13. The digital sensing circuit as claimed in claim 12, wherein the first switch signal and the second switch signal are a clock signal, and the digital sensing circuit utilizes the duty cycle of the clock signal to adjust the individual conducting time of the first transistor and the second transistor.
14. The digital sensing circuit as claimed in claim 11, wherein the first potential and the second potential both are ground potentials.
15. The digital sensing circuit as claimed in claim 11, wherein the sensing block circuit comprises:
a third transistor, with a first source/drain of the third transistor being connected to a third potential, with a gate of the third transistor being connected to a third switch signal; and
a fourth transistor, with a first source/drain of the fourth transistor being connected to a second source/drain of the third transistor, with a second source/drain of the fourth transistor being connected to a first potential, with a gate of the fourth transistor being connected to the voltage signal,
wherein, when the third transistor is not conducted, the first source/drain of the fourth transistor outputs the bit information stored in the bit cell.
16. The digital sensing circuit as claimed in claim 15, wherein the sensing block circuit further comprises:
a fifth transistor, with a first source/drain of the fifth transistor being connected to the third potential, with a gate of the fifth transistor being connected to the first source/drain of the fourth transistor; and
a sixth transistor, with a first source/drain of the sixth transistor being connected to a second source/drain of the fifth transistor, with a second source/drain of the sixth transistor being connected to the first potential, with a gate of the sixth transistor being connected to the gate of the fifth transistor, wherein the type of the fifth transistor is different from that of the sixth transistor, and the first source/drain of the sixth transistor outputs the bit information stored in the bit cell.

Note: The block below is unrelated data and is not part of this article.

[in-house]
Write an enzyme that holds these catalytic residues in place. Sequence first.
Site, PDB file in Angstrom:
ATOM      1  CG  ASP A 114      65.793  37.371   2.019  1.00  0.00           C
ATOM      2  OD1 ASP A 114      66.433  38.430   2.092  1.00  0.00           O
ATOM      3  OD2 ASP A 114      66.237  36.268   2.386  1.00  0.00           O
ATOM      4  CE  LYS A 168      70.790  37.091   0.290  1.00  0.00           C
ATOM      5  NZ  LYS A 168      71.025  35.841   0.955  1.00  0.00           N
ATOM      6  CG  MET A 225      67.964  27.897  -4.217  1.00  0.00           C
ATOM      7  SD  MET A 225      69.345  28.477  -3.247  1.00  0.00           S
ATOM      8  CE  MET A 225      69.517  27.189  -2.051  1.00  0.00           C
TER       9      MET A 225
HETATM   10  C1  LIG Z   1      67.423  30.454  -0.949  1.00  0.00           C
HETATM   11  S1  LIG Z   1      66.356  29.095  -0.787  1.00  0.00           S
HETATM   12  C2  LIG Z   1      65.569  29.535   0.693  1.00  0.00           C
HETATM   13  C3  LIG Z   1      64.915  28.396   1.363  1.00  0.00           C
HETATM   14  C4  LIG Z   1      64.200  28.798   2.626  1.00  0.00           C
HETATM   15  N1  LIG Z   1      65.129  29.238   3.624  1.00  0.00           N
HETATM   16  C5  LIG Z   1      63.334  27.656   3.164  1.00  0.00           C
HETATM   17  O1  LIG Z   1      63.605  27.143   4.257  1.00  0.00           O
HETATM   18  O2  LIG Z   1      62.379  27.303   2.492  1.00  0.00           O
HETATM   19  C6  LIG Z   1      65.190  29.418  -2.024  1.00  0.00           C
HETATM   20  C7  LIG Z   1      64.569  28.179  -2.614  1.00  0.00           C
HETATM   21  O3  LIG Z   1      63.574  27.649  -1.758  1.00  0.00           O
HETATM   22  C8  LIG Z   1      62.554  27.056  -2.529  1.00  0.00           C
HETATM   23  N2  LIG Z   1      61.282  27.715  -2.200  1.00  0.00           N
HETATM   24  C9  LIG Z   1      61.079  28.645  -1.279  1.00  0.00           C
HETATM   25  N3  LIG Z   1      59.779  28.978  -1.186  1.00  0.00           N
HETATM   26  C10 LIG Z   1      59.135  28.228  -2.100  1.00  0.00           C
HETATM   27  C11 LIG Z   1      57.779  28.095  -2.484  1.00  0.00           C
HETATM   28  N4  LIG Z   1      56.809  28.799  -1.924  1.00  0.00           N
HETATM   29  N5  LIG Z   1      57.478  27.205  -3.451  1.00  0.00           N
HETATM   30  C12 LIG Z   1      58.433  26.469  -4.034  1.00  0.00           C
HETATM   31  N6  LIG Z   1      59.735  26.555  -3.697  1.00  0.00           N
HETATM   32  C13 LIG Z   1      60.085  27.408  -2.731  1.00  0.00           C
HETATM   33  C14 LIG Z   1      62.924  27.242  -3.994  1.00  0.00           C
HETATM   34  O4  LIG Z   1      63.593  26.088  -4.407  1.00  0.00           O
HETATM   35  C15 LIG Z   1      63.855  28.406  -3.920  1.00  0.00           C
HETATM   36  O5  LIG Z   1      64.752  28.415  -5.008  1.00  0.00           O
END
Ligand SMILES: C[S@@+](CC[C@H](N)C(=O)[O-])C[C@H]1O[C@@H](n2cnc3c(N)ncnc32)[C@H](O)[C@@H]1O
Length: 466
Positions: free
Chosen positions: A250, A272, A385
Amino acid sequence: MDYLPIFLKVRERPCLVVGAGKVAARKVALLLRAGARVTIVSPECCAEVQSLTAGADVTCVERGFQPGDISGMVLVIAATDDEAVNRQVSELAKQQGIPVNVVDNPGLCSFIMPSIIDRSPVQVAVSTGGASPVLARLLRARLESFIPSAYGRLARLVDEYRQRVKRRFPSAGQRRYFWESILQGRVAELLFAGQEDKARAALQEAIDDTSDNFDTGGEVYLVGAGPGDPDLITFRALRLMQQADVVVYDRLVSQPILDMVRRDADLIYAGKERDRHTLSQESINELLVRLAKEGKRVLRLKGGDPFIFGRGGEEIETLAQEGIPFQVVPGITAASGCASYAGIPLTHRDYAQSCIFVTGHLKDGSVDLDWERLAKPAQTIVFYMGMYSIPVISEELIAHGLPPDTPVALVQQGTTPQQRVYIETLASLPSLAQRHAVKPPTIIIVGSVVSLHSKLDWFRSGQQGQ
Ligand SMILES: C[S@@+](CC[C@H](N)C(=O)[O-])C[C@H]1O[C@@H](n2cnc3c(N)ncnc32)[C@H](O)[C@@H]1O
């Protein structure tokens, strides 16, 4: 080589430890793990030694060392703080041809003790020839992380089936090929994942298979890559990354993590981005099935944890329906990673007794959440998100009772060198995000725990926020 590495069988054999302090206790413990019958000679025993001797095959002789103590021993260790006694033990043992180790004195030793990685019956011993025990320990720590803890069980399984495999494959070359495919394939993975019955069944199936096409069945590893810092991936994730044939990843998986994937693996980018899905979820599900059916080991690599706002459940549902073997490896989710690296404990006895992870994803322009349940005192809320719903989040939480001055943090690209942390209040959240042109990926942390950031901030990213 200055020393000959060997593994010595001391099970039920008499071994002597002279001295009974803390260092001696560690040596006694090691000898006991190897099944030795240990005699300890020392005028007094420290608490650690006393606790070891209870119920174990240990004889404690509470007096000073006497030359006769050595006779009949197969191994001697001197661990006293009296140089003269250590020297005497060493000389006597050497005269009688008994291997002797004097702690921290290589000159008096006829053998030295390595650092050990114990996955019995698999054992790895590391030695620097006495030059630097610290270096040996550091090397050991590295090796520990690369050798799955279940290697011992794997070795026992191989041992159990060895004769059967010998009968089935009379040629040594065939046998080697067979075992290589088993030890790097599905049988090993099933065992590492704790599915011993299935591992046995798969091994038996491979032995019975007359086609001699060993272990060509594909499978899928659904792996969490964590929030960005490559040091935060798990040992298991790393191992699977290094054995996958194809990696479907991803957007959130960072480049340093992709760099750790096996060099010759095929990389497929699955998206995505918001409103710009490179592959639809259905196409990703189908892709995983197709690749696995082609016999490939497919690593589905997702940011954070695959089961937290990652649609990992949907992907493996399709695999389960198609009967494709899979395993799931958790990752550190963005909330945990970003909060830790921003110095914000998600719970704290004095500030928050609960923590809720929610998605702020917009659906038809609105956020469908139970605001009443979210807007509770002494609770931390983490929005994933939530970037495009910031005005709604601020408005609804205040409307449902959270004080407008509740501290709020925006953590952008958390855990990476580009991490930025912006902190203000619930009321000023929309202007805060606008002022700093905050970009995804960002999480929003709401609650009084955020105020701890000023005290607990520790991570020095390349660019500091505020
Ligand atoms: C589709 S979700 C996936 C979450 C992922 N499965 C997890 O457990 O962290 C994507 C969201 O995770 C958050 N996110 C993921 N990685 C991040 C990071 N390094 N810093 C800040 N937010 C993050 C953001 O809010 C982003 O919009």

17. The digital sensing circuit as claimed in claim 16, wherein the fifth transistor is a P-type transistor and the sixth transistor is an N-type transistor.
18. The digital sensing circuit as claimed in claim 17, the first potential is a ground potential and the third potential is a power-source potential.
19. The digital sensing circuit as claimed in claim 11, wherein the sensing block circuit is further connected to a sample and hold circuit that is used to shape and output the bit information stored in the bit cell.
Description
CROSS-REFERENCE TO RELATED APPLICATION

This application claims the priority benefit of Taiwan application serial no. 94147727, filed on Dec. 30, 2005. All disclosure of the Taiwan application is incorporated herein by reference.

BACKGROUND OF THE INVENTION

1. Field of Invention

The present invention relates to a sensing circuit in a memory, and more particularly, to a digital sensing circuit in a multi-stable memory device.

2. Description of Related Art

In recent years, bistable materials are often used in the fabrication of memory devices, switching devices and so on. The bistable material comprises an inorganic and an organic material. Furthermore, the bistable material can switch between a high and a low resistance state according to the applied voltage. It should be noted that a multi-state memory device could be produced when this type of bistable organic material is disposed between two electrodes and the multi-state memory device has great potential to become the next generation of non-volatile memory.

Compared with a silicon-based device, an organic device fabricated from an organic material has the advantages of a better extensibility and bending capacity. Because the organic material can be coated on virtually any types of surfaces, the idea of forming an organic memory array on a flexible plastic substrate can be realized. Furthermore, the organic material can be fabricated and processed after all the silicon processes have been completed so that the entire processing operation is simplified. Due to the aforementioned advantages and properties, many types of printing manufacturing processes are likely to be developed for mass-producing the organic devices, thereby substantially reducing the production cost of the device and widening its applications.